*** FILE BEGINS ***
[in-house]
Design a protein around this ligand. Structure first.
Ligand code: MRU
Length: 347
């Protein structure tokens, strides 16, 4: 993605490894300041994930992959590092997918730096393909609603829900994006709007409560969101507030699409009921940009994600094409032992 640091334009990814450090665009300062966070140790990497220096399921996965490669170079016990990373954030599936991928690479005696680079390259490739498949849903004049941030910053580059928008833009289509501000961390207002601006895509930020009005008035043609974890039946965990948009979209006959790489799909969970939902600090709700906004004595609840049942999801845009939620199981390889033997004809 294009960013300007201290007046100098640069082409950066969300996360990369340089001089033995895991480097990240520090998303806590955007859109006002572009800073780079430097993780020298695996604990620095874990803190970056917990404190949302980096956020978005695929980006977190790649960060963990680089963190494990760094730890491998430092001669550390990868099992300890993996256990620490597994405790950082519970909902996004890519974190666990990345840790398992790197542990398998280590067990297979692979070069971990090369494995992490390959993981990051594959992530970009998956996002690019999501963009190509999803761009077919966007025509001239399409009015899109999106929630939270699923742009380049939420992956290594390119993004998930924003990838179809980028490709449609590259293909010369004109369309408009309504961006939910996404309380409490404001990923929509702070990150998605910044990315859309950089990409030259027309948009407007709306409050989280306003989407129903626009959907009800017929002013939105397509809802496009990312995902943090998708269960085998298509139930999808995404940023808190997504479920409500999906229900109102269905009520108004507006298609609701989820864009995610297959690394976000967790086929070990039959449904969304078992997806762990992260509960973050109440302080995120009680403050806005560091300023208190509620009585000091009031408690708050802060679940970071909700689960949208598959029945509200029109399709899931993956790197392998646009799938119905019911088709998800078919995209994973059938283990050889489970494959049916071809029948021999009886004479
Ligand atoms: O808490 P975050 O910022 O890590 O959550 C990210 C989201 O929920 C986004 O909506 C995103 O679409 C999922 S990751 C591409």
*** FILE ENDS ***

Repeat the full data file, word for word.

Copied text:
[in-house]
Design a protein around this ligand. Structure first.
Ligand code: MRU
Length: 347
């Protein structure tokens, strides 16, 4: 993605490894300041994930992959590092997918730096393909609603829900994006709007409560969101507030699409009921940009994600094409032992 640091334009990814450090665009300062966070140790990497220096399921996965490669170079016990990373954030599936991928690479005696680079390259490739498949849903004049941030910053580059928008833009289509501000961390207002601006895509930020009005008035043609974890039946965990948009979209006959790489799909969970939902600090709700906004004595609840049942999801845009939620199981390889033997004809 294009960013300007201290007046100098640069082409950066969300996360990369340089001089033995895991480097990240520090998303806590955007859109006002572009800073780079430097993780020298695996604990620095874990803190970056917990404190949302980096956020978005695929980006977190790649960060963990680089963190494990760094730890491998430092001669550390990868099992300890993996256990620490597994405790950082519970909902996004890519974190666990990345840790398992790197542990398998280590067990297979692979070069971990090369494995992490390959993981990051594959992530970009998956996002690019999501963009190509999803761009077919966007025509001239399409009015899109999106929630939270699923742009380049939420992956290594390119993004998930924003990838179809980028490709449609590259293909010369004109369309408009309504961006939910996404309380409490404001990923929509702070990150998605910044990315859309950089990409030259027309948009407007709306409050989280306003989407129903626009959907009800017929002013939105397509809802496009990312995902943090998708269960085998298509139930999808995404940023808190997504479920409500999906229900109102269905009520108004507006298609609701989820864009995610297959690394976000967790086929070990039959449904969304078992997806762990992260509960973050109440302080995120009680403050806005560091300023208190509620009585000091009031408690708050802060679940970071909700689960949208598959029945509200029109399709899931993956790197392998646009799938119905019911088709998800078919995209994973059938283990050889489970494959049916071809029948021999009886004479
Ligand atoms: O808490 P975050 O910022 O890590 O959550 C990210 C989201 O929920 C986004 O909506 C995103 O679409 C999922 S990751 C591409």